The play’s the thing. On musical-dominated Broadway, it’s a long time since anyone’s been able to say that and mean it. But as the 2007-08 season hits the midpoint, it’s the wave of challenging drama, not the thin smattering of song-and-dance, that’s galvanizing critics. As for audiences, the jury’s still out.
Consider the roster of new plays ushered into Gotham theaters in the past two months:
A fusillade of politics and passion from heavy-hitter Tom Stoppard; a densely plotted meditation on the birth of television from Aaron Sorkin; a lighter change of pace for the melancholy poet of Irish solitude, Conor McPherson; a bold breakthrough drama in a distinctly American tradition from Tracy Letts; and an unexpectedly delightful, previously unproduced farce from Mark Twain.
Factor in a scintillating revival of arguably Harold Pinter’s most formidable play, and lush, visually spectacular remounts of Shakespeare and Edmund Rostand, and you get a picture of dramatic vitality the likes of which Broadway hasn’t seen in years.
More than once in recent seasons, Rialto theater lovers hungry for a play had as few as one, or even zero, choices on the menu. Now they have a banquet.
That’s not to say musicals are in any way endangered as Broadway’s bread and butter. Tuners still account for the lion’s share of grosses and occupy the majority of Rialto houses, with behemoths like “Wicked” and “Jersey Boys” further consolidating their position in a landscape of long-running stalwarts such as “The Lion King” and “The Phantom of the Opera.”
But in a business where many see a tough climate for straight plays on the commercial mainstage, the flood of well-received drama in recent weeks has been a tonic — particularly after the gloom of November’s prolonged strike.
That labor dispute between stagehands and producers resulted in all but nine shows being shuttered on Broadway from Nov. 10-28, robbing the legit sector of considerable revenues over Thanksgiving, traditionally the year’s second most lucrative period after the Christmas-through-New Year’s frame.
The tally through Dec. 16 for the current season (starting in June) was $471,145,386, and while the drop of $29 million from the same period last year will clearly be felt, it seems relatively contained, considering the majority of theaters remained dark for 18 days. However, the loss does significantly impact Broadway’s chances of overtaking the $1 billion mark in box office this season, a hurdle that appeared realistic in pre-strike forecasts.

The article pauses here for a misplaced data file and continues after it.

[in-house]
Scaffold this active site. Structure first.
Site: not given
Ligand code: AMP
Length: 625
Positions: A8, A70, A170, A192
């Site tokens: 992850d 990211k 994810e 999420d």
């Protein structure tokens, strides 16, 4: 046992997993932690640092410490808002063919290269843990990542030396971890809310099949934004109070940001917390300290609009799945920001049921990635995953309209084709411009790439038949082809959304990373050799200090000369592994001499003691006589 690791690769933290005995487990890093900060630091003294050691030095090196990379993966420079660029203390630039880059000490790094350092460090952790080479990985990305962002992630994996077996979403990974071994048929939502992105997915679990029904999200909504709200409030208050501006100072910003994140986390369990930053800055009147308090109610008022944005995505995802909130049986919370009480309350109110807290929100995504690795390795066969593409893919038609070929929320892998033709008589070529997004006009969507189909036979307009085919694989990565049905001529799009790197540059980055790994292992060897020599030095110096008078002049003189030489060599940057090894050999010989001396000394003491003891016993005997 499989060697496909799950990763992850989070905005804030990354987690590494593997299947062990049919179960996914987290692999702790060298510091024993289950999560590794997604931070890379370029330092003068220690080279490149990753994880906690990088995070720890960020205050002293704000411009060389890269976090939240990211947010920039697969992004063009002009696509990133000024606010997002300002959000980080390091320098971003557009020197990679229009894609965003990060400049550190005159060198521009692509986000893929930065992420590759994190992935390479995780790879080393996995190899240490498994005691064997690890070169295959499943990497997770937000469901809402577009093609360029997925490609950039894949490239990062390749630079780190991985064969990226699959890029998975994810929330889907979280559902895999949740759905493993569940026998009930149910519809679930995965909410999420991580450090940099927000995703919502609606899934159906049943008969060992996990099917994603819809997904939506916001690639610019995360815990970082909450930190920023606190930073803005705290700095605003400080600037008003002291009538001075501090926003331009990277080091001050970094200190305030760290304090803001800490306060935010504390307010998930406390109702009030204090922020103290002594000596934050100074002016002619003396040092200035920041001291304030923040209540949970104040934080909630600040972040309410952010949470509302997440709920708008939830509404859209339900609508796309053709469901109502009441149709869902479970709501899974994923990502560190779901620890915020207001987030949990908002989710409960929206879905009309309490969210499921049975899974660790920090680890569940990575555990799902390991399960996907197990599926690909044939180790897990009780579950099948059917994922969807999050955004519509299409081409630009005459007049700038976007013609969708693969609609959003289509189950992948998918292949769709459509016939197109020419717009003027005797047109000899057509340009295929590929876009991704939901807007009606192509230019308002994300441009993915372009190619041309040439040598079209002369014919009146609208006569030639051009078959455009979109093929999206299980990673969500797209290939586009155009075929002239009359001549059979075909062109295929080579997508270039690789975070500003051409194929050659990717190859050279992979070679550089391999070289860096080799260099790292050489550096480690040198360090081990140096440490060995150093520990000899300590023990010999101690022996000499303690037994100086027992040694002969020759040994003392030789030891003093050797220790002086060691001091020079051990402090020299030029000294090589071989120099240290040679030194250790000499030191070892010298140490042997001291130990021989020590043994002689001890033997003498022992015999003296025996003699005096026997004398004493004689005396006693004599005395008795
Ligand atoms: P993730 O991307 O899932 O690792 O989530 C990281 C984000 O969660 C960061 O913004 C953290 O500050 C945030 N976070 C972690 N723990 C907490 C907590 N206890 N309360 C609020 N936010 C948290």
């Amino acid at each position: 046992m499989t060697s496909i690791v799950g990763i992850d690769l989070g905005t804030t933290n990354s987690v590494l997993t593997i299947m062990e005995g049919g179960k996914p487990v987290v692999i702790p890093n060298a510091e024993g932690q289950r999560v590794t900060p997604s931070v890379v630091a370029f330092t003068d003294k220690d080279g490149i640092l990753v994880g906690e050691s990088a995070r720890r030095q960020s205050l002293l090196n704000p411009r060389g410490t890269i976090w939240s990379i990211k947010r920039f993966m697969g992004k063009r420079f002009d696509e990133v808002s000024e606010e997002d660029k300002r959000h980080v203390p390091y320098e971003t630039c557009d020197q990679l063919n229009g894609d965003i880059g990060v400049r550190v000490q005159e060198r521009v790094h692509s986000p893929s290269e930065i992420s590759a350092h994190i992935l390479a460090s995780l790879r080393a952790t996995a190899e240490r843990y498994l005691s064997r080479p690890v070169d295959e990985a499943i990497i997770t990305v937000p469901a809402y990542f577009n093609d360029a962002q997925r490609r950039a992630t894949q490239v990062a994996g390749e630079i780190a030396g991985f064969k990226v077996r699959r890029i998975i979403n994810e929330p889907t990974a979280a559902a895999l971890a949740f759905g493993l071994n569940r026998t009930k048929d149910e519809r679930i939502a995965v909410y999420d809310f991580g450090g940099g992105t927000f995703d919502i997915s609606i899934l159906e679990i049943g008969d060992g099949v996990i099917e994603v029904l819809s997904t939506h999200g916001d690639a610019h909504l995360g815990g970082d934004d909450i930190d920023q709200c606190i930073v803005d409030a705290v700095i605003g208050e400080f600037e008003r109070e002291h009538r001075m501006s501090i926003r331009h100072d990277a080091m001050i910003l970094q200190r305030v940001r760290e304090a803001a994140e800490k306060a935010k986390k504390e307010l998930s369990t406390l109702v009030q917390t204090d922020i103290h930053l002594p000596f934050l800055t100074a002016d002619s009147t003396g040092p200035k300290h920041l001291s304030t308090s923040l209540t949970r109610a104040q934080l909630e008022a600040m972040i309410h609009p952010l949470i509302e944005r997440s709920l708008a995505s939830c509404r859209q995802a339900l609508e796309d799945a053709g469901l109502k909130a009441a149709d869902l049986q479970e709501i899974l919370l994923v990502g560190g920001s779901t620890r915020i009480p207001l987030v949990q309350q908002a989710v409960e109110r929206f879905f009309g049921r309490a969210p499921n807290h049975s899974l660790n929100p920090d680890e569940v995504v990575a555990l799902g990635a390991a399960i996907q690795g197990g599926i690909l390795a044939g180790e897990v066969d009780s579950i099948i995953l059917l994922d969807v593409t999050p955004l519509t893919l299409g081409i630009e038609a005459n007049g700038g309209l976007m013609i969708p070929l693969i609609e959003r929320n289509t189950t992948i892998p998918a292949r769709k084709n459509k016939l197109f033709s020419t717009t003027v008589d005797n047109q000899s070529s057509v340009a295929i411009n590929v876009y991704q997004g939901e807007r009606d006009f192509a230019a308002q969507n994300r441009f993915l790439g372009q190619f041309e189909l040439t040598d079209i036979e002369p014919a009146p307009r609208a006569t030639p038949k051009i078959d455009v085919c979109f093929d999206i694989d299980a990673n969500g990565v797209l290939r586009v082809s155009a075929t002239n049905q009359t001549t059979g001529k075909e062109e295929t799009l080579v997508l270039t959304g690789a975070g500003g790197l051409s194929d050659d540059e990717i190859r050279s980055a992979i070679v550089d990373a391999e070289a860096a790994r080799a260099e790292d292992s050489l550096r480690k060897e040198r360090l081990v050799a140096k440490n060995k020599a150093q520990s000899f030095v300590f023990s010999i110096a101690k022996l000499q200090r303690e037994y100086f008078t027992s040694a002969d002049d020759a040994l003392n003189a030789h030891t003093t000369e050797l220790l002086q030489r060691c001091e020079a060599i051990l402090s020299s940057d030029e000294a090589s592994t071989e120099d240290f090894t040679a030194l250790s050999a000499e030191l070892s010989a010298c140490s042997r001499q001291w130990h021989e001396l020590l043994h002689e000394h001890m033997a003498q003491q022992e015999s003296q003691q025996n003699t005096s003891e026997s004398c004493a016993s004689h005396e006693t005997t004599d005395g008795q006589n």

While ticket sales generally bounced back to a reasonable degree after the strike, it remains to be seen whether the bountiful crop of plays will thrive or cannibalize each other at the box office — particularly through the winter chill of January and February. But the simple fact that producers are still willing to take the chance offers a rebuttal to all those cries of doom about the dumbing-down of Broadway into a tourist-friendly theme park.
Perhaps the strongest of the new works has been Letts’ blistering saga of the disintegration of an American family, “August: Osage County,” a meaty, three-act work of three hours-plus, full of barbed dialogue that pays homage to classic works by Eugene O’Neill, Edward Albee and Tennessee Williams. As well as bringing a new voice to Broadway, the production showcases superb ensemble work from a cast primarily of Chicago actors from the Steppenwolf Theater Company, most of them unknown to New York auds.
Stoppard’s personal reflection on Czech politics and music as a force for rebellion, “Rock ‘n’ Roll” had no shortage of admirers (though this critic found it a stodgy sit after the playwright’s far more theatrically vibrant “Coast of Utopia” trilogy last season). Driven by a deeply felt performance from Rufus Sewell as a reluctant dissident, “Rock ‘n’ Roll” showed again that New York auds are not intimidated by intellectual work.
McPherson’s meditations on the tormented soul of the Irish male took on an unexpectedly uproarious tone in “The Seafarer,” in which an enigmatic stranger turns up to play poker with a bunch of drunks on Christmas Eve, revealing himself to be the devil. While the play isn’t quite the equal of previous McPherson dramas like “The Weir” and “Shining City,” the playwright’s work as director could hardly be better. Ditto that of his cast.